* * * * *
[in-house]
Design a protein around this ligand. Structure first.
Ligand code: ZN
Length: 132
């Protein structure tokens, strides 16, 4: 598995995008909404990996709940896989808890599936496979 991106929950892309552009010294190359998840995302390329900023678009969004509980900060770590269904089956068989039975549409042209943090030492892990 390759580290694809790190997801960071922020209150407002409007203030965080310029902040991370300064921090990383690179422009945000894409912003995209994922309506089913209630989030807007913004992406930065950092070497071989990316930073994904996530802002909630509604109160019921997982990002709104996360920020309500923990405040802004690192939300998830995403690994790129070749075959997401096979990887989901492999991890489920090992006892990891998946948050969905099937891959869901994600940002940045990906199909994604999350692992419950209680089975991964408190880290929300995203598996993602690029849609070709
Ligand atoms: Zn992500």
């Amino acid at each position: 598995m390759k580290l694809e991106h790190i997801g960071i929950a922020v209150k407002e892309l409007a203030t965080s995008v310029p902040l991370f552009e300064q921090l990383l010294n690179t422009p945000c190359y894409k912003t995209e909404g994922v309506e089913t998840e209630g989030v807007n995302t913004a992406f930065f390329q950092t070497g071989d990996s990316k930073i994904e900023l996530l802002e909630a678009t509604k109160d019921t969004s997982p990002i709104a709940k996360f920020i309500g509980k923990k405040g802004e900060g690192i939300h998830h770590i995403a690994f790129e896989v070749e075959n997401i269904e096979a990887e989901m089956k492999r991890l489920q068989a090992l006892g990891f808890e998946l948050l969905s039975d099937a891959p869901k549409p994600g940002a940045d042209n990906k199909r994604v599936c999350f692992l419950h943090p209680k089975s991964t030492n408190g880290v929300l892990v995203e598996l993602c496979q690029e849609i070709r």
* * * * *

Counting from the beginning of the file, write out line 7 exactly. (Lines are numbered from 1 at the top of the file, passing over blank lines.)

């Amino acid at each position: 598995m390759k580290l694809e991106h790190i997801g960071i929950a922020v209150k407002e892309l409007a203030t965080s995008v310029p902040l991370f552009e300064q921090l990383l010294n690179t422009p945000c190359y894409k912003t995209e909404g994922v309506e089913t998840e209630g989030v807007n995302t913004a992406f930065f390329q950092t070497g071989d990996s990316k930073i994904e900023l996530l802002e909630a678009t509604k109160d019921t969004s997982p990002i709104a709940k996360f920020i309500g509980k923990k405040g802004e900060g690192i939300h998830h770590i995403a690994f790129e896989v070749e075959n997401i269904e096979a990887e989901m089956k492999r991890l489920q068989a090992l006892g990891f808890e998946l948050l969905s039975d099937a891959p869901k549409p994600g940002a940045d042209n990906k199909r994604v599936c999350f692992l419950h943090p209680k089975s991964t030492n408190g880290v929300l892990v995203e598996l993602c496979q690029e849609i070709r």